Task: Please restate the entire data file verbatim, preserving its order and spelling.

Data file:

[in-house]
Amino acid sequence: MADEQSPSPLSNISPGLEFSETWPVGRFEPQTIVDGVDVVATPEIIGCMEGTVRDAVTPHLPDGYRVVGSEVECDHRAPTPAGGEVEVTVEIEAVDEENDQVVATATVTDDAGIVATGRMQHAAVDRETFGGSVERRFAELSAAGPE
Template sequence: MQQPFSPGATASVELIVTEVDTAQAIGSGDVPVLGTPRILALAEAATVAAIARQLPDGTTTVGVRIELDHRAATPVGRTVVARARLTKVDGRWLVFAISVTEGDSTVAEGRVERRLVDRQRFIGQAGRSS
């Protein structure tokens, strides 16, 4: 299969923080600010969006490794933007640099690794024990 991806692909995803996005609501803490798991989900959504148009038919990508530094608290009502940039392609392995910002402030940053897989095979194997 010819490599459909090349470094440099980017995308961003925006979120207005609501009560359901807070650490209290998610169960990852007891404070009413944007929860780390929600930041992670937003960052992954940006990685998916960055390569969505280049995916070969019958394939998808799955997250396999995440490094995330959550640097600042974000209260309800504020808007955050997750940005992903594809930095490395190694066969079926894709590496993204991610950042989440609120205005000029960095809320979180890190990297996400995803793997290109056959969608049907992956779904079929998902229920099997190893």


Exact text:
[in-house]
Amino acid sequence: MADEQSPSPLSNISPGLEFSETWPVGRFEPQTIVDGVDVVATPEIIGCMEGTVRDAVTPHLPDGYRVVGSEVECDHRAPTPAGGEVEVTVEIEAVDEENDQVVATATVTDDAGIVATGRMQHAAVDRETFGGSVERRFAELSAAGPE
Template sequence: MQQPFSPGATASVELIVTEVDTAQAIGSGDVPVLGTPRILALAEAATVAAIARQLPDGTTTVGVRIELDHRAATPVGRTVVARARLTKVDGRWLVFAISVTEGDSTVAEGRVERRLVDRQRFIGQAGRSS
């Protein structure tokens, strides 16, 4: 299969923080600010969006490794933007640099690794024990 991806692909995803996005609501803490798991989900959504148009038919990508530094608290009502940039392609392995910002402030940053897989095979194997 010819490599459909090349470094440099980017995308961003925006979120207005609501009560359901807070650490209290998610169960990852007891404070009413944007929860780390929600930041992670937003960052992954940006990685998916960055390569969505280049995916070969019958394939998808799955997250396999995440490094995330959550640097600042974000209260309800504020808007955050997750940005992903594809930095490395190694066969079926894709590496993204991610950042989440609120205005000029960095809320979180890190990297996400995803793997290109056959969608049907992956779904079929998902229920099997190893």